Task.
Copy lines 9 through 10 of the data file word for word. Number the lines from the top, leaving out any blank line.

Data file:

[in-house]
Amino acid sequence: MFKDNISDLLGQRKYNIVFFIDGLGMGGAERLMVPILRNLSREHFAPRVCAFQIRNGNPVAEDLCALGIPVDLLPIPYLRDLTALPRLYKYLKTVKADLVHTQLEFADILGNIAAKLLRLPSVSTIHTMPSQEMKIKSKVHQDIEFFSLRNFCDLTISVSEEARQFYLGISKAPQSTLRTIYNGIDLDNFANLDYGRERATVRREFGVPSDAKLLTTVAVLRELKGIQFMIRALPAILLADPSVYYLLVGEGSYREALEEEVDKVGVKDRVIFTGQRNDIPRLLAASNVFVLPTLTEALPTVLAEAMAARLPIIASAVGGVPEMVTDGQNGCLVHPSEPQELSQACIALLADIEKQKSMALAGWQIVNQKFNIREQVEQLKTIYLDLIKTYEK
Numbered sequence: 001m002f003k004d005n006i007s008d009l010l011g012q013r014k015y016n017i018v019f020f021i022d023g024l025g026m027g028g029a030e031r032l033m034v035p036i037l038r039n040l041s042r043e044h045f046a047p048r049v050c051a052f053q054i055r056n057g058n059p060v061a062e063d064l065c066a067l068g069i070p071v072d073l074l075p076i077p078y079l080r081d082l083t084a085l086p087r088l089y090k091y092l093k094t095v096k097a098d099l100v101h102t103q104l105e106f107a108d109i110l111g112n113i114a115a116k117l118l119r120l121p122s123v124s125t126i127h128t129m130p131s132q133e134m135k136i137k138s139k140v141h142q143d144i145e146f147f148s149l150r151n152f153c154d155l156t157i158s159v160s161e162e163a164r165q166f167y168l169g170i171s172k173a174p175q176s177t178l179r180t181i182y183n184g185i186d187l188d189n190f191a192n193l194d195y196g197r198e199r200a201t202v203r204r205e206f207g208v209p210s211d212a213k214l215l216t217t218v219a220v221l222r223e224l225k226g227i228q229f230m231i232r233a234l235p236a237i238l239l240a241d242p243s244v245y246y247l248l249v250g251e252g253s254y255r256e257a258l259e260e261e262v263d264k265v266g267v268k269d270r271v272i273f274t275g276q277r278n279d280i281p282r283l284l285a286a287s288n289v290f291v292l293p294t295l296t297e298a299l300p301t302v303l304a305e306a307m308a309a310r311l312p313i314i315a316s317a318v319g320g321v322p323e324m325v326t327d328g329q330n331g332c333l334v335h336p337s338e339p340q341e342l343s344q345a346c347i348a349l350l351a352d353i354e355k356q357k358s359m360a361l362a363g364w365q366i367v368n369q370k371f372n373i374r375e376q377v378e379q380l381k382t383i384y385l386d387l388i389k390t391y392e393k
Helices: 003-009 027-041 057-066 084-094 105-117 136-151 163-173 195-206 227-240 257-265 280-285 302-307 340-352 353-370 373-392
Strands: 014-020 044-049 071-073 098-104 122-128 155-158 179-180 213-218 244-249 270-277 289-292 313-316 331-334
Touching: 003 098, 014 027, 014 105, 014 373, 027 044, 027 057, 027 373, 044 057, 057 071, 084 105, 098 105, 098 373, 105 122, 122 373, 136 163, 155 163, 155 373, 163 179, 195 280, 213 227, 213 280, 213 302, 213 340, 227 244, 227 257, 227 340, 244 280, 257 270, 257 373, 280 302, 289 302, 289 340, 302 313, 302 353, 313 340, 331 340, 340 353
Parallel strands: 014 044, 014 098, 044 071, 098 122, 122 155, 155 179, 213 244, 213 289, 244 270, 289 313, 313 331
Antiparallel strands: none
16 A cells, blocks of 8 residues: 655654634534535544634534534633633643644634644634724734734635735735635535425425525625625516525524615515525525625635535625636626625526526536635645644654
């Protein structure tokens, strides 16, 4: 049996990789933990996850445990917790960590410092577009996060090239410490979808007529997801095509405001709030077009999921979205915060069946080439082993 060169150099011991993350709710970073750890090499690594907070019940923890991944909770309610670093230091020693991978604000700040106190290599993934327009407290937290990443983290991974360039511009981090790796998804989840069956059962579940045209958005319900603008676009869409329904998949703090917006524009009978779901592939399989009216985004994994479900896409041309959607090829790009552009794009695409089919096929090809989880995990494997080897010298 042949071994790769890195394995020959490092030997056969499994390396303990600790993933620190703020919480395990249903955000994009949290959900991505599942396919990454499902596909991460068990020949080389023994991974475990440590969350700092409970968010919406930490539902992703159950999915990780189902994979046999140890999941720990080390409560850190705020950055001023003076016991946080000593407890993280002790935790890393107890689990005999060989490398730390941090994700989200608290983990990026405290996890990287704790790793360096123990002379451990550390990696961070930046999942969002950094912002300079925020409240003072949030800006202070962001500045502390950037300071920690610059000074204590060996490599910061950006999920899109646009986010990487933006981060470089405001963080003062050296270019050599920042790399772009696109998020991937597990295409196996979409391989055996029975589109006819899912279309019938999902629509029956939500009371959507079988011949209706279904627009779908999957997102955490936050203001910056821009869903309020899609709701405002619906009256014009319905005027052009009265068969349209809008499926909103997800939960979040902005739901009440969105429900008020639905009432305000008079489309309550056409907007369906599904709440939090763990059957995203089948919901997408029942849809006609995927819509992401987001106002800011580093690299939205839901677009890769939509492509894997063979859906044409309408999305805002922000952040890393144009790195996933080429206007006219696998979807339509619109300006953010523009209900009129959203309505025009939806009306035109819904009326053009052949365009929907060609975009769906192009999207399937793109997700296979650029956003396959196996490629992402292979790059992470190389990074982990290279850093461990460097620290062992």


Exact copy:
16 A cells, blocks of 8 residues: 655654634534535544634534534633633643644634644634724734734635735735635535425425525625625516525524615515525525625635535625636626625526526536635645644654
């Protein structure tokens, strides 16, 4: 049996990789933990996850445990917790960590410092577009996060090239410490979808007529997801095509405001709030077009999921979205915060069946080439082993 060169150099011991993350709710970073750890090499690594907070019940923890991944909770309610670093230091020693991978604000700040106190290599993934327009407290937290990443983290991974360039511009981090790796998804989840069956059962579940045209958005319900603008676009869409329904998949703090917006524009009978779901592939399989009216985004994994479900896409041309959607090829790009552009794009695409089919096929090809989880995990494997080897010298 042949071994790769890195394995020959490092030997056969499994390396303990600790993933620190703020919480395990249903955000994009949290959900991505599942396919990454499902596909991460068990020949080389023994991974475990440590969350700092409970968010919406930490539902992703159950999915990780189902994979046999140890999941720990080390409560850190705020950055001023003076016991946080000593407890993280002790935790890393107890689990005999060989490398730390941090994700989200608290983990990026405290996890990287704790790793360096123990002379451990550390990696961070930046999942969002950094912002300079925020409240003072949030800006202070962001500045502390950037300071920690610059000074204590060996490599910061950006999920899109646009986010990487933006981060470089405001963080003062050296270019050599920042790399772009696109998020991937597990295409196996979409391989055996029975589109006819899912279309019938999902629509029956939500009371959507079988011949209706279904627009779908999957997102955490936050203001910056821009869903309020899609709701405002619906009256014009319905005027052009009265068969349209809008499926909103997800939960979040902005739901009440969105429900008020639905009432305000008079489309309550056409907007369906599904709440939090763990059957995203089948919901997408029942849809006609995927819509992401987001106002800011580093690299939205839901677009890769939509492509894997063979859906044409309408999305805002922000952040890393144009790195996933080429206007006219696998979807339509619109300006953010523009209900009129959203309505025009939806009306035109819904009326053009052949365009929907060609975009769906192009999207399937793109997700296979650029956003396959196996490629992402292979790059992470190389990074982990290279850093461990460097620290062992």